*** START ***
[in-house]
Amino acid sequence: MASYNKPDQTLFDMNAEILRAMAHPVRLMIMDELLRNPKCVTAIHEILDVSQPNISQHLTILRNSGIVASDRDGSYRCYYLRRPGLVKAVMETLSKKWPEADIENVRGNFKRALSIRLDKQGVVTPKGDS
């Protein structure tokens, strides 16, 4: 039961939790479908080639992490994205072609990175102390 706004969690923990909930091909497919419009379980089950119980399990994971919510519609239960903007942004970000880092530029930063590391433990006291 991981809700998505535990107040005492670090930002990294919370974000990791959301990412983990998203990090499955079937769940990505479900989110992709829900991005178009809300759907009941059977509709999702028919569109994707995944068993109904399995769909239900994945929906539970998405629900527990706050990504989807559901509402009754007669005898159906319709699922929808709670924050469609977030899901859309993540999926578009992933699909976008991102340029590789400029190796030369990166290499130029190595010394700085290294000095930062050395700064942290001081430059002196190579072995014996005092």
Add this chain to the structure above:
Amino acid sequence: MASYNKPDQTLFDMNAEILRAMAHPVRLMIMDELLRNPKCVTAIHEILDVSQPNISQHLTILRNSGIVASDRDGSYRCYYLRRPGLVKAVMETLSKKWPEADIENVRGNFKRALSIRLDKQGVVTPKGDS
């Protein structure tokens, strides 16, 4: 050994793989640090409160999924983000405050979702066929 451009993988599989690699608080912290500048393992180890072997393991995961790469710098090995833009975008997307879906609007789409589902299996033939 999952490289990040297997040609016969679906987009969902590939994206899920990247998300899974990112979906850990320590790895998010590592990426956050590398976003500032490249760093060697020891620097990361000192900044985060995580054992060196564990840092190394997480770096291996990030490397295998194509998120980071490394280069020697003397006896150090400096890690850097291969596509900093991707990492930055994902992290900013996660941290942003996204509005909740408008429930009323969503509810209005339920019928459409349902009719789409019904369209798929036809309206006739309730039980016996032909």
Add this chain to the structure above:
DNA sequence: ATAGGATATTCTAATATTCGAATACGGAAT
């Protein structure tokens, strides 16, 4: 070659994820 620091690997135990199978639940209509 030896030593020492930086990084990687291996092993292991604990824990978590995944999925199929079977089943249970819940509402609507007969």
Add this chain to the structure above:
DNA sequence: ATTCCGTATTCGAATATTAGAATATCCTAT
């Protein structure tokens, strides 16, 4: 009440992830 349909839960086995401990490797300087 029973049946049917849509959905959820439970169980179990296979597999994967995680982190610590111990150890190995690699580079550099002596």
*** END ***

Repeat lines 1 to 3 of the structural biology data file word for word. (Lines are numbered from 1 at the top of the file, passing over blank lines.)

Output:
[in-house]
Amino acid sequence: MASYNKPDQTLFDMNAEILRAMAHPVRLMIMDELLRNPKCVTAIHEILDVSQPNISQHLTILRNSGIVASDRDGSYRCYYLRRPGLVKAVMETLSKKWPEADIENVRGNFKRALSIRLDKQGVVTPKGDS
């Protein structure tokens, strides 16, 4: 039961939790479908080639992490994205072609990175102390 706004969690923990909930091909497919419009379980089950119980399990994971919510519609239960903007942004970000880092530029930063590391433990006291 991981809700998505535990107040005492670090930002990294919370974000990791959301990412983990998203990090499955079937769940990505479900989110992709829900991005178009809300759907009941059977509709999702028919569109994707995944068993109904399995769909239900994945929906539970998405629900527990706050990504989807559901509402009754007669005898159906319709699922929808709670924050469609977030899901859309993540999926578009992933699909976008991102340029590789400029190796030369990166290499130029190595010394700085290294000095930062050395700064942290001081430059002196190579072995014996005092």